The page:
Published year-to-date U.S. Mint sales of American Silver Eagle bullion coins exactly stand at 24,533,500 ounces.

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silverinvestor

it is worth for $70 ???

John Donachie

It shouldn’t be sold for $70. It’s not being sold by the Mint, so many of the incremental costs associated with a Mint offering are eliminated…

gary

This looks just what Mezack is looking for. PF70’s for 299.00 get them while they last !!!

Seth Riesling

Such common coins! Not even a Mint mark & people go crazy. Lol.

NumisdudeTX

Seth Riesling

The U.S. Mint’s precious metals bullion version coin Authorized Purchasers (APs), include 9 companies in the USA, two companies in Germany & one company in Japan – just 12 companies worldwide (talk about a monopoly of a monopoly!). These are the only companies that can purchase these bullion version coins directly from the U.S. Mint at a very favorable fee of $2.35 over silver spot price, up 35-cents from the past few years fee of $2 over silver spot. These, as stated, from the San Francisco Mint will be $2.65 per coin over silver spot price. The APs have to… Read more »

c_q

it probably only costs a few cents to stamp out the coin. they are still making profit at $2.35 each. the only real risk is getting the silver and turning it around before the spot price goes down.

Seth Riesling

Yes. And the Mint works on a replacement silver purchase system basis daily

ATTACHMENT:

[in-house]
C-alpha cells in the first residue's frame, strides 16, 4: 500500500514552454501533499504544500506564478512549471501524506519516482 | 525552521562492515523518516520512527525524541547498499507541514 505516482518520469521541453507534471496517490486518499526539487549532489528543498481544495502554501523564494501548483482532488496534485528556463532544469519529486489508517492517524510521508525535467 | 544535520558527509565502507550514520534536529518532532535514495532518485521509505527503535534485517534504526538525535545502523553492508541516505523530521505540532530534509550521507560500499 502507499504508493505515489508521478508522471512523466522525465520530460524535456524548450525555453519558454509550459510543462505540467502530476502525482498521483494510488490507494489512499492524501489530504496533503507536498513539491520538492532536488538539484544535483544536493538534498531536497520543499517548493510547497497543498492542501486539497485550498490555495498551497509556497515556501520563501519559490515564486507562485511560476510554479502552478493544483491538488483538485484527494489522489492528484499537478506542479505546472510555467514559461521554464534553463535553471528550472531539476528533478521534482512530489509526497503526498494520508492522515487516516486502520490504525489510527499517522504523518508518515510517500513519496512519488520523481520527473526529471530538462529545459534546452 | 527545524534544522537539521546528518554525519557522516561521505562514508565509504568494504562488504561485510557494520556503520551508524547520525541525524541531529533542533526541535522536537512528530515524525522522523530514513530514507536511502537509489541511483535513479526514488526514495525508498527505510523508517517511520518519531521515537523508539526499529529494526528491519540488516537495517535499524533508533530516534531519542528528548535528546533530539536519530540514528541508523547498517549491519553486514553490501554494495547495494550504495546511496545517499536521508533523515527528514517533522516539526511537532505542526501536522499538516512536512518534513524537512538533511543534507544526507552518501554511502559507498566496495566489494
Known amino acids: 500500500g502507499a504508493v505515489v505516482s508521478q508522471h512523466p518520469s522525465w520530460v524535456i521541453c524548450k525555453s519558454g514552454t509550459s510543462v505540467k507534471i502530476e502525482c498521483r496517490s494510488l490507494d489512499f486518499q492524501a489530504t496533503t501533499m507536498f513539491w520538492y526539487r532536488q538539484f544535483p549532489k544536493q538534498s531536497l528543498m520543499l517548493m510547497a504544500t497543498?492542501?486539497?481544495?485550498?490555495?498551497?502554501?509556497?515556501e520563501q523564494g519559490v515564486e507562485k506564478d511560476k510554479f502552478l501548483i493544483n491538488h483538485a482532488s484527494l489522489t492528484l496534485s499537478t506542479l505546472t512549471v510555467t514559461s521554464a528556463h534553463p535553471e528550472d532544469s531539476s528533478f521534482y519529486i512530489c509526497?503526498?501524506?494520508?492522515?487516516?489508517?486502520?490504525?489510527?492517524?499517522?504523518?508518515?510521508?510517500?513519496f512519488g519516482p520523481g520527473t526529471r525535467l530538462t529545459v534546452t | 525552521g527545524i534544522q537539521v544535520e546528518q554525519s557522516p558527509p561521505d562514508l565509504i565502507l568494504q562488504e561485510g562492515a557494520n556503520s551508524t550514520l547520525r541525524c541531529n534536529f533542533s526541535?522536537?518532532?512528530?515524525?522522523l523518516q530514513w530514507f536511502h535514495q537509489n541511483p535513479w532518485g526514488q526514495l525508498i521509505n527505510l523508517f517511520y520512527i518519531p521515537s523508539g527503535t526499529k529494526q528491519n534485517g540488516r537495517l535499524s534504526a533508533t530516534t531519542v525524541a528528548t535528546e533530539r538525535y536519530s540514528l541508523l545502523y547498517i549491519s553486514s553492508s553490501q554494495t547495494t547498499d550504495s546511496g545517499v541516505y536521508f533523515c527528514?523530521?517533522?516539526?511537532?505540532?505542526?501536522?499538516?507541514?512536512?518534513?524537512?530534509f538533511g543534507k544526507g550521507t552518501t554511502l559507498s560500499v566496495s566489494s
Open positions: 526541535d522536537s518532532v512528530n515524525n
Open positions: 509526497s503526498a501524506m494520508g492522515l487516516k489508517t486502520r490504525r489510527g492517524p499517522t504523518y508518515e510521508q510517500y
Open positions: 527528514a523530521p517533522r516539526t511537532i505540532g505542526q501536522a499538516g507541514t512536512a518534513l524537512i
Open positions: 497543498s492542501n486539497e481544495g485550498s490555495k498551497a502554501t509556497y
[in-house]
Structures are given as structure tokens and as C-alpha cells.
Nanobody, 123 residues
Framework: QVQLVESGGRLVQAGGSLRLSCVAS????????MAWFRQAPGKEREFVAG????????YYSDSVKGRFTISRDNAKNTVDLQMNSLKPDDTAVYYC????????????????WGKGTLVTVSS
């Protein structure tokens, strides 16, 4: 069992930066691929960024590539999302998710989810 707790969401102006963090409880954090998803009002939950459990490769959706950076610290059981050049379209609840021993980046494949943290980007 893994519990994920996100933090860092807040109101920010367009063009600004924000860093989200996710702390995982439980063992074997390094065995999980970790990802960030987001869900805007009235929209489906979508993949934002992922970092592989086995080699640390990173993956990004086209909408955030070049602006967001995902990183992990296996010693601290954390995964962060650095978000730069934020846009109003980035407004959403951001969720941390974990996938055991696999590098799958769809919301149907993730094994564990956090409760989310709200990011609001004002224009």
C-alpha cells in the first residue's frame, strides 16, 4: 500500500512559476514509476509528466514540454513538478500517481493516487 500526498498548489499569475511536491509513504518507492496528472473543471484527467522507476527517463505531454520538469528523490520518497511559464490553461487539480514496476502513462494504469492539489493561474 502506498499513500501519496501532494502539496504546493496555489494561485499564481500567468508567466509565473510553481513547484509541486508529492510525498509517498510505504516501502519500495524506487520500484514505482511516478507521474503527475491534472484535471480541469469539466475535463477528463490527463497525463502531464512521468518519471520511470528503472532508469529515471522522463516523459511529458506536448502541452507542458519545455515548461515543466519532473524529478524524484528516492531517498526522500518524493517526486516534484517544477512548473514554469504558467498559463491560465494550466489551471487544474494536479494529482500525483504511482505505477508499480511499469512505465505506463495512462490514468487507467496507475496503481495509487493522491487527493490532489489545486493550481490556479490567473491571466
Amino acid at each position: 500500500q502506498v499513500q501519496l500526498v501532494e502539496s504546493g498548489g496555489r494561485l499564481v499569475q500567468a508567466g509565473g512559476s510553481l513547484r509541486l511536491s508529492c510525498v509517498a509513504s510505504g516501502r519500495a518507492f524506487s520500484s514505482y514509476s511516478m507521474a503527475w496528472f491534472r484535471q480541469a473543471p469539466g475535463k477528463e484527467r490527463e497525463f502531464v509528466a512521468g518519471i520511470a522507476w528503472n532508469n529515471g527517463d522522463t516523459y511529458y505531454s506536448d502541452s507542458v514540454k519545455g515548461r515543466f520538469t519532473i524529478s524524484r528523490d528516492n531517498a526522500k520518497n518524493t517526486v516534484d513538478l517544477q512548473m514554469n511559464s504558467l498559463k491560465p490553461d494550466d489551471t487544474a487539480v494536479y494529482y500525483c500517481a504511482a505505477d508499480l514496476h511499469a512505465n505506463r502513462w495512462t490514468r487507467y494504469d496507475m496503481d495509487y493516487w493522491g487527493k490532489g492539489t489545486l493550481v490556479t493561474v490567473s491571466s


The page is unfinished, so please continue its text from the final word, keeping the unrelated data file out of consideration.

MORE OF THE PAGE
M-F purchasing 1,000-ounce bricks for its working stock of silver. It also has access if needed to “deep storage” silver bought at below $5 per ounce many years ago. The USA no longer has its strategic silver stockpile that it sold off in the 1980s. Before the West Point Mint officially became a Mint, it was a silver depository for many decades.

NumisdudeTX

Rodney Moore

Well, I’m sure these coins will get the “emergency production” $200 treatment. The so-called “emergency production” coins were produced at a different mint to increase availability. Did the public get access to these $22 bullion coins? Nope. Did they get them for the $22 + $8 ‘demand premium’? Nope. NGC went along with the scheme to certify these as “emergency production coins”. Those were then sold for close to $200 for a perfect example and for $125 for rejects that graded MS69 or lower. That sounds like something that couldn’t be true, but it is. Someone is friends with someone… Read more »

Chas. Barber

There is an insider cabal obviously using the USM as a profiteering & insider RICO type operation, Atty. Gen Barr r u listening, NO it’ a Trump guy runningthis sham of a public operation. Still have not heard a peep from the mint on the 100 or so 2019 ENhanced S ASE that were ‘accidentally” placed on sale @ 4am on day- soldout in a minute. Who is watching the mint website @ 4am EST….scum whoknow the ‘mistake’ is coming buying a $70 con they sell for $1,300++++ and the nerve of the mint saying they have to “HONOR” these… Read more »